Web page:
Creating a Vibrant Learning Programme
The project includes the appointment of a Learning Officer (April 2012) whose role it will be to prepare and deliver engaging education programmes for the city's 40,000 school students as well as offering a whole host of learning opportunities for community groups and LifeLong Learners.
The rich history of the Old Newcastle area - the development of the city and its inhabitants who people it - is an immense resource and the Learning Officer will work with teachers to develop a wide range of schools activities which embrace the curriculum. This will also include outreach work and establishing education partnerships with other heritage organisations and venues.
An education strategy has been prepared by a working group which includes the Partnership, teachers, lecturers, heritage advisors and education administrators. This strategy identifies achieveable objectives and programmes and includes a three year delivery programme which involves collaborations with schools and colleges througout the city. The strategy also includes tertiary education and vocational/skill training with the active participation of university students already part of the project. Learning will be both formal and informal, with visitors being given the opportunity to find out about the city's past and the importance of their heritage in a friendly, creative and relaxed environment.
Working in Partnership
A wide variety of partner organisations are working with the Old Newcastle team to create a unified visitor experience and education/community programme. One of the key partners is the Cathedral Church of St Nicholas, who have secured HLF funding to tell the stories of people in and around the Cathedral and to conserve the important monuments inside the building. The Illuminating Stories project is being delivered alongside the Old Newcastle project to ensure a co-ordinated approach to interpretation planning and education activity. Partners from both organisations will deliver an exciting range of events and learning activities, with lots of opportunities for volunteers to get involved.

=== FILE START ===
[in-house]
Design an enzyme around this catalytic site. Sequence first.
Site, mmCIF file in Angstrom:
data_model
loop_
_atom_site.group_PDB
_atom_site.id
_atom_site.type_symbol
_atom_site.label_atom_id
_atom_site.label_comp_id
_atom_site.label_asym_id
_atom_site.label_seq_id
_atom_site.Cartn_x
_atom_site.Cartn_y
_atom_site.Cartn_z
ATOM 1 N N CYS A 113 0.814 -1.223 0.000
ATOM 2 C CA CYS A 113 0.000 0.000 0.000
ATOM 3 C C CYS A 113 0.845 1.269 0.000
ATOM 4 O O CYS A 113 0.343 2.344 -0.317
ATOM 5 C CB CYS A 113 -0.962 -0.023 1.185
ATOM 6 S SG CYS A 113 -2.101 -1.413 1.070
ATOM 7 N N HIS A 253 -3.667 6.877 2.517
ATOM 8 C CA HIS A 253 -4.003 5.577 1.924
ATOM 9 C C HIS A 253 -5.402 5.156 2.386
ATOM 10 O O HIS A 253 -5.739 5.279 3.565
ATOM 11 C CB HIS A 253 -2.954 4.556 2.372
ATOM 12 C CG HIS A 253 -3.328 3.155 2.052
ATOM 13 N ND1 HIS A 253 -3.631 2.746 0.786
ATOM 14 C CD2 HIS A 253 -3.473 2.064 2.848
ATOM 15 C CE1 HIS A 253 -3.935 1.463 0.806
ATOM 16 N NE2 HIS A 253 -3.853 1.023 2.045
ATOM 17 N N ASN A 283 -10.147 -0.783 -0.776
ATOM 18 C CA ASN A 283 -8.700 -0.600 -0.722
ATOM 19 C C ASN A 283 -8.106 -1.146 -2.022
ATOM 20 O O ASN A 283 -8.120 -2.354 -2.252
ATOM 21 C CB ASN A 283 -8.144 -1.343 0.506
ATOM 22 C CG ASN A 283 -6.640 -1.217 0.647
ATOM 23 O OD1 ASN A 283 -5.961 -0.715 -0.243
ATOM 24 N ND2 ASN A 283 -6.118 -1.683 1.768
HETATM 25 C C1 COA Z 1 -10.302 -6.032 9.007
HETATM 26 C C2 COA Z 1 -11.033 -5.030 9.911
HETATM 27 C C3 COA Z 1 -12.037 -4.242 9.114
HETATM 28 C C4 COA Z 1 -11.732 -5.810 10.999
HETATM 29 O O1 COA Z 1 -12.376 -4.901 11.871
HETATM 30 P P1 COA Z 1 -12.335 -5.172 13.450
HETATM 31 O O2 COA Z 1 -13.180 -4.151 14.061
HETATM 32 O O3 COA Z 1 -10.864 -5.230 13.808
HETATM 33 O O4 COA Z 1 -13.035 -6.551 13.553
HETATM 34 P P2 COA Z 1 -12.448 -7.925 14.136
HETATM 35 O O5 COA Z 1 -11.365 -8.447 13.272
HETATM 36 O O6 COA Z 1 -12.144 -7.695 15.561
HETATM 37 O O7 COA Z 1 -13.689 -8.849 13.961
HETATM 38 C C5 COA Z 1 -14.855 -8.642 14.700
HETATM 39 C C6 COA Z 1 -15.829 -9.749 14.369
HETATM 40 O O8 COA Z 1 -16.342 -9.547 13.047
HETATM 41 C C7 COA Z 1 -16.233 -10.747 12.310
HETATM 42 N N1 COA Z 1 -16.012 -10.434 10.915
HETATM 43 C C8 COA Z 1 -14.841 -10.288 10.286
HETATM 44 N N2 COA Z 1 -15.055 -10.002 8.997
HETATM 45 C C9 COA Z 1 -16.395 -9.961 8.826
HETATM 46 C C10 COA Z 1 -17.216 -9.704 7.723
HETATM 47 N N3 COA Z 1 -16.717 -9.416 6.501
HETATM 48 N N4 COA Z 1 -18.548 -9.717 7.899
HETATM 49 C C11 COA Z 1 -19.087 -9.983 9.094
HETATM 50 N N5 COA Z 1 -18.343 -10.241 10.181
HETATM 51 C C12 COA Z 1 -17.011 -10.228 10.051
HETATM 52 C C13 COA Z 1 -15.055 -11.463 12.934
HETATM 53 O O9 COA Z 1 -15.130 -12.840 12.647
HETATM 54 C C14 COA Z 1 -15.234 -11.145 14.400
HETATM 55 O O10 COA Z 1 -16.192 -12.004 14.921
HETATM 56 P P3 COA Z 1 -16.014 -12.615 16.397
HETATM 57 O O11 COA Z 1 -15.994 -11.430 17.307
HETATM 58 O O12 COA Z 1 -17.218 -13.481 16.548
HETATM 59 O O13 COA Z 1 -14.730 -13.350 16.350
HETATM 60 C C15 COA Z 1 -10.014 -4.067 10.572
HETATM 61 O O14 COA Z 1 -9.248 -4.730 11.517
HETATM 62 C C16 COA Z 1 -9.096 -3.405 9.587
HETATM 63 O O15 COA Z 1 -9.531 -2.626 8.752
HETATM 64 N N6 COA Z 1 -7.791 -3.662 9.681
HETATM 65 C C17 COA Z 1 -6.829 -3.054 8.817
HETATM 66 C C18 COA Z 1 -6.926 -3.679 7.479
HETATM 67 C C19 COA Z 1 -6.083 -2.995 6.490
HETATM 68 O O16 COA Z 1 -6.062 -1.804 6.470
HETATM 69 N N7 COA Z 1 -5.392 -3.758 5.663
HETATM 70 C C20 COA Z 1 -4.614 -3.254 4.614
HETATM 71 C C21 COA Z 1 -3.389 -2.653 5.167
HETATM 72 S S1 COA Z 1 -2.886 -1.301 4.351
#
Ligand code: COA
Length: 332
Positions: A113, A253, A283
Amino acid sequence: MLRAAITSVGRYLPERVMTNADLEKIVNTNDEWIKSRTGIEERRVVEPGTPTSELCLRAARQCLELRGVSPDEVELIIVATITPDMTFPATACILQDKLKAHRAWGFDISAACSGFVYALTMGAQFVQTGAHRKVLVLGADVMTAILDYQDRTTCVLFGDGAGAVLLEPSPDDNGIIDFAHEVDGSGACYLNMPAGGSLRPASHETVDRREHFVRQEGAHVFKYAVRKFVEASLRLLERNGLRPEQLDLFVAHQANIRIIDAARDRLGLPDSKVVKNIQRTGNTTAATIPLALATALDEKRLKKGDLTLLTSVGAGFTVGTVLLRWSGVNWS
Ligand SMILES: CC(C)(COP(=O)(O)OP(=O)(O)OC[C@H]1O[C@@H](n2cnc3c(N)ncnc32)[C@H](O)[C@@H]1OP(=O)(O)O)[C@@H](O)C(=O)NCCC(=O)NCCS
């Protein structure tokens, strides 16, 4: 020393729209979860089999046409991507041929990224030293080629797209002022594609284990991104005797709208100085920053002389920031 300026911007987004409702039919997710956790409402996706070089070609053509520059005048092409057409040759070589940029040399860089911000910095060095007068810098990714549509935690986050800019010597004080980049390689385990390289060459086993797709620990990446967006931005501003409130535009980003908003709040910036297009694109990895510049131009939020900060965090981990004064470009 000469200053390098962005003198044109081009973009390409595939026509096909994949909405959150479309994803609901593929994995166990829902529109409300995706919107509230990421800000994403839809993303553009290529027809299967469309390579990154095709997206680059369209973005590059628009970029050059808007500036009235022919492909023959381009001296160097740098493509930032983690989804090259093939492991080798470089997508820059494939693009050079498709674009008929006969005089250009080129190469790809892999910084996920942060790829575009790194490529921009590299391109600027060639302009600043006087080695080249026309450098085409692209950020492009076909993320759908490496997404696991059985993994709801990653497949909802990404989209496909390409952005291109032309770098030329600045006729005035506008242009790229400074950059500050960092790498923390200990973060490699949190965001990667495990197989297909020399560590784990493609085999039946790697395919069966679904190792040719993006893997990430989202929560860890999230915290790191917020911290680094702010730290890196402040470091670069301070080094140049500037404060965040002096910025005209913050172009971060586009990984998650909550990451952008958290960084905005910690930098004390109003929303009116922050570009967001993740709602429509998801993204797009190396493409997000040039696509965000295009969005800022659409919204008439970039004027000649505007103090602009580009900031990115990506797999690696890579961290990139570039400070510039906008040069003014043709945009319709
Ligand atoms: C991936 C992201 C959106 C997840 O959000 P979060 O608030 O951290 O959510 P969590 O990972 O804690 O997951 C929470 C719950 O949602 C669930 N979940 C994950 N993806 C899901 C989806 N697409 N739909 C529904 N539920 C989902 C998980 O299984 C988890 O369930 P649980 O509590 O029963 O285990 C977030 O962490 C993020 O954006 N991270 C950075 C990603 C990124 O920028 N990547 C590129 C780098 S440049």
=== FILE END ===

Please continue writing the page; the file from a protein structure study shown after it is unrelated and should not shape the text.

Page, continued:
Other key partners include the Society of Antiquaries (whose sterling work at the end of the nineteenth century ensured the Black Gate wasn't demolished in the wave of railway-related construction sweeping the city) and Newcastle City Council, as well as English Heritage, Newcastle University, Tyne and Wear Archives and Museums and the NewcastleGateshead Initiative.
The Old Newcastle Project will create a sustainable resource available to all. It will actively encourage everyone to experience the thrill of seeing, feeling, 'owning' and walking around the historic buildings and spaces and meeting through education and interpretation some of the remarkable characters who have enriched the nation's life.